This is a tale of two women — and also one more, me, whose head and heart are in conflict because of them.
Often just mentioning the names of Nancy Pelosi and Elizabeth Warren provokes strong reactions both from their legions of great admirers and the equally large numbers of people who are not fans. Then-candidate Donald Trump and his fellow Republicans made Pelosi a major issue in the 2016 presidential campaign. She became a particular target as an avowed liberal and because of her pivotal role in pushing through the Affordable Care Act.
The success for Democrats in the recent midterm elections has brought another battle for her — this time an inter-party battle for speaker of the House in January. Massachusetts' own Congressman Seth Moulton publicly opposed her retaking her former role, even as it became clear that he didn’t have the votes to support the “fresh new leadership” he and others proposed. In the end, she beat back the "Never Nancy" challengers with the skilled horse trading she’s honed in three decades on the Hill. It’s too bad that Democrats allowed her leadership quest to sink into a sexist personality battle. At least that’s what I heard in the “fresh and new” descriptors. I don’t know why people can’t accept what former vice-presidential candidate Geraldine Ferraro said best: “Some leaders are born women.”
Certainly, nobody’s even thinking about giving the boot to Pelosi’s Republican counterpart — that charismatic fresh new leader, the 76-year-old Mitch McConnell. Sarcasm intentional. He who famously shut down Massachusetts Sen. Elizabeth Warren as she read a letter by civil rights icon Coretta Scott King. You remember that he said he had tried to be polite, but “nevertheless, she persisted.”
Warren’s persistence has paid off in positioning her as the president’s most well-known critic, one who is not afraid to return the often-racist attacks while continuing to press forward on issues like protecting the constitution and consumers’ financial well-being. This former professor has persisted admirably on all of our behalves. But as I watch her test the waters for a potential presidential run, I am less than enthused. On the one hand, I’d like to see another strong woman candidate face off against President Trump. I just don’t want that woman to be Warren. I know I’m risking going to “that special place in hell” former Secretary of State Madeline Albright says is “reserved for women who don’t support other women.” But, I also see Warren’s contribution, her fearless voice in the Senate, as much too valuable to lose.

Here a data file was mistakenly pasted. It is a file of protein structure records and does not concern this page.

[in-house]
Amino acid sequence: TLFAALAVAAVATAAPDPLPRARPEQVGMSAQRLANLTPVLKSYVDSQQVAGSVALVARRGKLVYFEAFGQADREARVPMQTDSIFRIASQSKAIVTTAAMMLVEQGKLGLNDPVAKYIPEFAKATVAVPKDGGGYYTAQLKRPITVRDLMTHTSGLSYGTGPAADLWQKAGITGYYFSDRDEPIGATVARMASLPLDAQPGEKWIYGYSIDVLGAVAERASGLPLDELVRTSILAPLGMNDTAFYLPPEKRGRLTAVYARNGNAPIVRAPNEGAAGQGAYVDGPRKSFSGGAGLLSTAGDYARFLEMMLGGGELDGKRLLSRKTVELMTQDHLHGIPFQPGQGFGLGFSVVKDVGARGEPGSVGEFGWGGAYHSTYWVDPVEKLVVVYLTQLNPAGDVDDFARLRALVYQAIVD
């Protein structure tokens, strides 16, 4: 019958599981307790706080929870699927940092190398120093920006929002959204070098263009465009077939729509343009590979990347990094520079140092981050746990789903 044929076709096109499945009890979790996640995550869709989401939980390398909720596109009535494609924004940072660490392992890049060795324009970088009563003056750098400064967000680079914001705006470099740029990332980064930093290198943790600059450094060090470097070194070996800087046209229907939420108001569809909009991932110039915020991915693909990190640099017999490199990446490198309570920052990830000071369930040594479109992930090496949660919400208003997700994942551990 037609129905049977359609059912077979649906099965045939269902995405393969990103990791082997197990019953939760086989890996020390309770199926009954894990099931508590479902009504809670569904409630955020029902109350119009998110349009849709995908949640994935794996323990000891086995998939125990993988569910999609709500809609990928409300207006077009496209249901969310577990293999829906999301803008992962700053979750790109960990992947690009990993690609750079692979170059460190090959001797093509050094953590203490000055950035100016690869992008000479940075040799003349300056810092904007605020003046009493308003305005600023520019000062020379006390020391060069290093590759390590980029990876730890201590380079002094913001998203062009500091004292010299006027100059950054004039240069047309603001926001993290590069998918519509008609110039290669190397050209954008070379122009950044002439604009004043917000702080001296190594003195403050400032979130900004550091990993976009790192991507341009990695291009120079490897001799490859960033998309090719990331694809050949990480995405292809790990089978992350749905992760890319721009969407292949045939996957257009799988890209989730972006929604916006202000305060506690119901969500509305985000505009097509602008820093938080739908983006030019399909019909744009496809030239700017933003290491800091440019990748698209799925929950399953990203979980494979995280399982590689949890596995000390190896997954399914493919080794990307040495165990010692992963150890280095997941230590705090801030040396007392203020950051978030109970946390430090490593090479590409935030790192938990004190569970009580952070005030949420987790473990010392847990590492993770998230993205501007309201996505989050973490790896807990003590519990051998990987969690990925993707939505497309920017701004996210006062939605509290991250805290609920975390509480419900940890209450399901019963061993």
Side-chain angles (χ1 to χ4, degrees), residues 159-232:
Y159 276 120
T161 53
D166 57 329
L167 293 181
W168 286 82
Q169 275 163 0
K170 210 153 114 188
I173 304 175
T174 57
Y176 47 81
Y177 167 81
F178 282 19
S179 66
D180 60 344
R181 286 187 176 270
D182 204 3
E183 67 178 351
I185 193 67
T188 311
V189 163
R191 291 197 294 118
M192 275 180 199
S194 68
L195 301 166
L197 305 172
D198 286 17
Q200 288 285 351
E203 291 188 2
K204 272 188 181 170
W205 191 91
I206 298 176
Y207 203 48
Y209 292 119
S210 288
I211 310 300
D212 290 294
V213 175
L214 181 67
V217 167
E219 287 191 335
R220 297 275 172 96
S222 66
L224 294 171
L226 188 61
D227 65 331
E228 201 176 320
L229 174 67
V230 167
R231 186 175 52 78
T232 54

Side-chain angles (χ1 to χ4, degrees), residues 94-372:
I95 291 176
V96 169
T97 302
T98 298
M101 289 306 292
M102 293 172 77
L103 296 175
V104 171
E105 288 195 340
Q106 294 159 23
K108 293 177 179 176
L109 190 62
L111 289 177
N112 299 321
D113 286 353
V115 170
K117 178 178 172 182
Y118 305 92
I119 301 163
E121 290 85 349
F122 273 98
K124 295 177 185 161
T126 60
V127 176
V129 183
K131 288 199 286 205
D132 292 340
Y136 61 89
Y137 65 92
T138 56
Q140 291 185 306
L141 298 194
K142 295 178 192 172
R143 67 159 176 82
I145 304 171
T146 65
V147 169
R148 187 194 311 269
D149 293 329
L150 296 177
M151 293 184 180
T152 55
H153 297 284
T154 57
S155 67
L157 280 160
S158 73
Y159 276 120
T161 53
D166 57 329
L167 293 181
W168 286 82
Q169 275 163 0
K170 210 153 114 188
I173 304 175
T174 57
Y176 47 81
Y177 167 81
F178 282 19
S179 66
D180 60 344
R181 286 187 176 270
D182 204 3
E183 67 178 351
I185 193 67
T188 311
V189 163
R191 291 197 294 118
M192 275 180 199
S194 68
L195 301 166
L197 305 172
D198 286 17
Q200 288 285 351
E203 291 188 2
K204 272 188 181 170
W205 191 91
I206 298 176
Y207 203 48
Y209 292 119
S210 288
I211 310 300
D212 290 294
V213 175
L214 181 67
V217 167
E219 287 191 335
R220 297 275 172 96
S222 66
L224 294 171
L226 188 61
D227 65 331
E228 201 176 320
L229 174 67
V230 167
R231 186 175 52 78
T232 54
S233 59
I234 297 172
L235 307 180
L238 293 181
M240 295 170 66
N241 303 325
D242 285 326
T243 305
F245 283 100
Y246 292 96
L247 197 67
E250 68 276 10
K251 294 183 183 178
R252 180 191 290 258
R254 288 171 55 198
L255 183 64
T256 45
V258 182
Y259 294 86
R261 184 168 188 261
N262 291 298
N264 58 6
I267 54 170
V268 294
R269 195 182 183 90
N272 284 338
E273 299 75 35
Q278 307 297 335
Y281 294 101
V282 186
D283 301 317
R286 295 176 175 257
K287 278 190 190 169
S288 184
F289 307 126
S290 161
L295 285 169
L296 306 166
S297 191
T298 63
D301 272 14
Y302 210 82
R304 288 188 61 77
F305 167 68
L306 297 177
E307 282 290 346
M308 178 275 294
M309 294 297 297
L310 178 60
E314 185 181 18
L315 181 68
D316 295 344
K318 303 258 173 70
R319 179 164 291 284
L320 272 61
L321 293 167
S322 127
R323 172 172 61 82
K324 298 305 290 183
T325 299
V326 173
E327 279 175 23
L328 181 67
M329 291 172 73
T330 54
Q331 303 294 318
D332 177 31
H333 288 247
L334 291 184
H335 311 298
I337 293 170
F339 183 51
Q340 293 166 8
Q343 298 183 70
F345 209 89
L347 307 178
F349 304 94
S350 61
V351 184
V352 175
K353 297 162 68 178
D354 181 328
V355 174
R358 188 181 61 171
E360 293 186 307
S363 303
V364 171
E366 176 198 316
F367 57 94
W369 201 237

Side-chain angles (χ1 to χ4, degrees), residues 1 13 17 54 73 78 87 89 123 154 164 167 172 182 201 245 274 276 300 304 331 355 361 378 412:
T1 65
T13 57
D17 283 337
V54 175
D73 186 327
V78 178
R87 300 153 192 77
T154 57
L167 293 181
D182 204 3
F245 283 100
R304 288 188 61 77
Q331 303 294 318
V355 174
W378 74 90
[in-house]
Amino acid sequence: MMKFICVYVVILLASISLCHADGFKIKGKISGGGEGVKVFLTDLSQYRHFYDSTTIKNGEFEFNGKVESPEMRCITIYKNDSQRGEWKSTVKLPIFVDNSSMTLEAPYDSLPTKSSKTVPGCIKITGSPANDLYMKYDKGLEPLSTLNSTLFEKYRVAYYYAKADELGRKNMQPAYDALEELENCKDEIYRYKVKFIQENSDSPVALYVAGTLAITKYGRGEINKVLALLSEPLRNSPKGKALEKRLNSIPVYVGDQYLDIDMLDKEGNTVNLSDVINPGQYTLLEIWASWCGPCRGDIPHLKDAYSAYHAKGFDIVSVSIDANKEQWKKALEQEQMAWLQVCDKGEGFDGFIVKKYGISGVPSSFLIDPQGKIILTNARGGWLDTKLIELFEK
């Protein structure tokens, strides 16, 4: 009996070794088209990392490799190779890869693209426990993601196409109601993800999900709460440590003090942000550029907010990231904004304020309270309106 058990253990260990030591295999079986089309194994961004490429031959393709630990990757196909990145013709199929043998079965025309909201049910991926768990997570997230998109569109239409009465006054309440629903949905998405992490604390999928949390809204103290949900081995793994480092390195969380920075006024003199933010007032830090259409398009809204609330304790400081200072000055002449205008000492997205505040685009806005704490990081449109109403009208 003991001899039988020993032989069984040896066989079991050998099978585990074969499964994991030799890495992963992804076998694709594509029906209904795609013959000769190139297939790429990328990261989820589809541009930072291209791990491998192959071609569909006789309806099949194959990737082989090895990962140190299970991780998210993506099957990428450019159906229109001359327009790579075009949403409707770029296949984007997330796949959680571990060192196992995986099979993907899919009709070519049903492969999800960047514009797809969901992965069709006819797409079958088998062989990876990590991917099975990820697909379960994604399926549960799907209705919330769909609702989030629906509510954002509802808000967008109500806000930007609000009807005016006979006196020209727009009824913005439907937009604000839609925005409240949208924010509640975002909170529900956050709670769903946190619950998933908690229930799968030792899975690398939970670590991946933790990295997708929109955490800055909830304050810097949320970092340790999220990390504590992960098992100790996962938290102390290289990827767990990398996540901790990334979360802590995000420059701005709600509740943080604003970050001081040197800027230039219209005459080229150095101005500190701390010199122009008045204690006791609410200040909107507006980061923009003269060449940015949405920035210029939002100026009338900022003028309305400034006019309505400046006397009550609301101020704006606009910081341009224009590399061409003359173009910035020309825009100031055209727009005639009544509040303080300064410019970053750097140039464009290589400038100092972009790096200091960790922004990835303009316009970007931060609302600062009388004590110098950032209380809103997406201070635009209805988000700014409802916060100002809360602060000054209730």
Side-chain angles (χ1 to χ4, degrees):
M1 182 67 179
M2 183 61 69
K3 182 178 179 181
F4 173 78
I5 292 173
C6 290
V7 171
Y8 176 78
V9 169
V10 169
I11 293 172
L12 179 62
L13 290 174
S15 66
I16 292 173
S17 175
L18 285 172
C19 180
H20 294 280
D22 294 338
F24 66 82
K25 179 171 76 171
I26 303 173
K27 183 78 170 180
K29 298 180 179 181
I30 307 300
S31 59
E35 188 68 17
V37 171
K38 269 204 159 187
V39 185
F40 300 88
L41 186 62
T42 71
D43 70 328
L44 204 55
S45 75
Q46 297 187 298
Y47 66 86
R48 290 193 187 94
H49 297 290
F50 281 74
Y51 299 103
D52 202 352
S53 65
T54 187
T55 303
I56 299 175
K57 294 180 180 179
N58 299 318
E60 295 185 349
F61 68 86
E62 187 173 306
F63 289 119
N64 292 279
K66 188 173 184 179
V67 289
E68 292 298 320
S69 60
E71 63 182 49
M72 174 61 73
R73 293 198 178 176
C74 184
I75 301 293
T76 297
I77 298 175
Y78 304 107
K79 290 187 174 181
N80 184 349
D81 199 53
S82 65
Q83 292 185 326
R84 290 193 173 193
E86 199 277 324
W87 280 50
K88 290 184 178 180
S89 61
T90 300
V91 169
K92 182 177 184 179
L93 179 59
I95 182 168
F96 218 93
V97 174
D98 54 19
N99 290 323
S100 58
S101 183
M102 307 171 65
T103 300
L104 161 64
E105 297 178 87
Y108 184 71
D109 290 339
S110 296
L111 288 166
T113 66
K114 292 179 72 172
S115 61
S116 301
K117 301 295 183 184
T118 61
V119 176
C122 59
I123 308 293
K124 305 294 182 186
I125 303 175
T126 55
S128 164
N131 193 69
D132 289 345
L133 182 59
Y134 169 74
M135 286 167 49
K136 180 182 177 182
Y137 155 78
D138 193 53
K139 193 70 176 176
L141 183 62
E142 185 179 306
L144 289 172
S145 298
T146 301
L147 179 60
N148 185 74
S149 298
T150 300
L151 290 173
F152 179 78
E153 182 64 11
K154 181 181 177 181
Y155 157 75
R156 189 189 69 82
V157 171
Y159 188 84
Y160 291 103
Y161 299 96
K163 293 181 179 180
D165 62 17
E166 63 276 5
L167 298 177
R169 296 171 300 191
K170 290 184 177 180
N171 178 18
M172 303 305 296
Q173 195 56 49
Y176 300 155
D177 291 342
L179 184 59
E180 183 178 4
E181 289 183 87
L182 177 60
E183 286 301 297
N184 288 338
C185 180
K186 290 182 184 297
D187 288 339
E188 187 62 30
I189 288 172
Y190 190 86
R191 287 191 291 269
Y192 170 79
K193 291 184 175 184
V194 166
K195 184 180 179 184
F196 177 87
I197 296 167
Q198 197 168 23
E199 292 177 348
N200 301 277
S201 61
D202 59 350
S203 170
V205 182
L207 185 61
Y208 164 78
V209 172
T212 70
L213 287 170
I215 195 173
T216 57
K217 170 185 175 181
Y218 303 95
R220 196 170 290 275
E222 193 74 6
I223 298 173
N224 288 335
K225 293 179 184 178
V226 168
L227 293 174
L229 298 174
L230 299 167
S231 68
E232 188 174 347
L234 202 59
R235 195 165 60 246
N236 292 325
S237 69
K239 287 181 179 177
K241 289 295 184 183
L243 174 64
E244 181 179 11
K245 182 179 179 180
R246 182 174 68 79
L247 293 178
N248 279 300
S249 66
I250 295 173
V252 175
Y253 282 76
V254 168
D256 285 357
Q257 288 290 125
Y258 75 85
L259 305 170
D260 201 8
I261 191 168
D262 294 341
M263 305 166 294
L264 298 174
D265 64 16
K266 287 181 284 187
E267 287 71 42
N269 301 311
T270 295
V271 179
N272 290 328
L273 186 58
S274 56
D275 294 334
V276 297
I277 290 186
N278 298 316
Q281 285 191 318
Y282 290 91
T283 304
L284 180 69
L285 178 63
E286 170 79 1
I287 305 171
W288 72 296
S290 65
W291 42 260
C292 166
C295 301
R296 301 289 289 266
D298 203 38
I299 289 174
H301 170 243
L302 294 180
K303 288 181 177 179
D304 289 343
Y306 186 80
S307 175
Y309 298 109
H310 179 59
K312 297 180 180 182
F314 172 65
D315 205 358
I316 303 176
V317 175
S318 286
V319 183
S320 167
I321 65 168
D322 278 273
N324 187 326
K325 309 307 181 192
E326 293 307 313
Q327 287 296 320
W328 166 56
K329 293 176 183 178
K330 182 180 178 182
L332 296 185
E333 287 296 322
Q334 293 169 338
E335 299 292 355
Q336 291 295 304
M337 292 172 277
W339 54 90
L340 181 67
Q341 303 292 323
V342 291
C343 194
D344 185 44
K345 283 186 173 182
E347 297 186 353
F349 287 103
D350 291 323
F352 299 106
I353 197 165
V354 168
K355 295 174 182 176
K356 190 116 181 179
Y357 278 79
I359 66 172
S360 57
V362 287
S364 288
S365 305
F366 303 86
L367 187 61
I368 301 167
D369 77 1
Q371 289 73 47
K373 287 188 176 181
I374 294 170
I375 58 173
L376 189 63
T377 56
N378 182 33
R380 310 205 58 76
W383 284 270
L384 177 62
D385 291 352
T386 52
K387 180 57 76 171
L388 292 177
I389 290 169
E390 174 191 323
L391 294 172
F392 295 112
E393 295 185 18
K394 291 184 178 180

Congresswoman-elect Ayanna Pressley said she supported Pelosi’s winning nomination for House speaker because, “who is in the formal leadership role matters.” She’s right. Don’t misunderstand: It’s past time for the Dems who’ve long been in top positions to prepare to pass the baton to a new generation. But, based on skill, not age or sex. Instead, I want Pelosi’s political challengers to demand that she immediately start grooming potential successors. But, right now Pelosi, with her unmatched skills as a rainmaker and deal closer, deserves the gavel.